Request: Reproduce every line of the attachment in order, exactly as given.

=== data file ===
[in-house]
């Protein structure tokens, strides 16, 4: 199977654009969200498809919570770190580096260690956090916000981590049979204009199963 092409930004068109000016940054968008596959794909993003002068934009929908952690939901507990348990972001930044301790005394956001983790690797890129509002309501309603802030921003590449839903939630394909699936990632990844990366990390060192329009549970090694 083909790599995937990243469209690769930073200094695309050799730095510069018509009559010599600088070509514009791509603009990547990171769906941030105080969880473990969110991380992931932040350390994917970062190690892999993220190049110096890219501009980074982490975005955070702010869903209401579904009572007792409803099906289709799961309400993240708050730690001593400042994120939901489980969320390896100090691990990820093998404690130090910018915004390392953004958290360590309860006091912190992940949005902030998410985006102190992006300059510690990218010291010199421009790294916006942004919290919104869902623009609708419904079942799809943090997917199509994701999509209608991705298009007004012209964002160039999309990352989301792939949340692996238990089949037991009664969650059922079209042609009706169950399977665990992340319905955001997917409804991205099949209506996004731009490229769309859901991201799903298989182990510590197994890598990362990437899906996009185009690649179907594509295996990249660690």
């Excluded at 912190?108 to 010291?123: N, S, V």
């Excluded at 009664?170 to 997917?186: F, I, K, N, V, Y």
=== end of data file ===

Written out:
[in-house]
């Protein structure tokens, strides 16, 4: 199977654009969200498809919570770190580096260690956090916000981590049979204009199963 092409930004068109000016940054968008596959794909993003002068934009929908952690939901507990348990972001930044301790005394956001983790690797890129509002309501309603802030921003590449839903939630394909699936990632990844990366990390060192329009549970090694 083909790599995937990243469209690769930073200094695309050799730095510069018509009559010599600088070509514009791509603009990547990171769906941030105080969880473990969110991380992931932040350390994917970062190690892999993220190049110096890219501009980074982490975005955070702010869903209401579904009572007792409803099906289709799961309400993240708050730690001593400042994120939901489980969320390896100090691990990820093998404690130090910018915004390392953004958290360590309860006091912190992940949005902030998410985006102190992006300059510690990218010291010199421009790294916006942004919290919104869902623009609708419904079942799809943090997917199509994701999509209608991705298009007004012209964002160039999309990352989301792939949340692996238990089949037991009664969650059922079209042609009706169950399977665990992340319905955001997917409804991205099949209506996004731009490229769309859901991201799903298989182990510590197994890598990362990437899906996009185009690649179907594509295996990249660690």
């Excluded at 912190?108 to 010291?123: N, S, V």
């Excluded at 009664?170 to 997917?186: F, I, K, N, V, Y």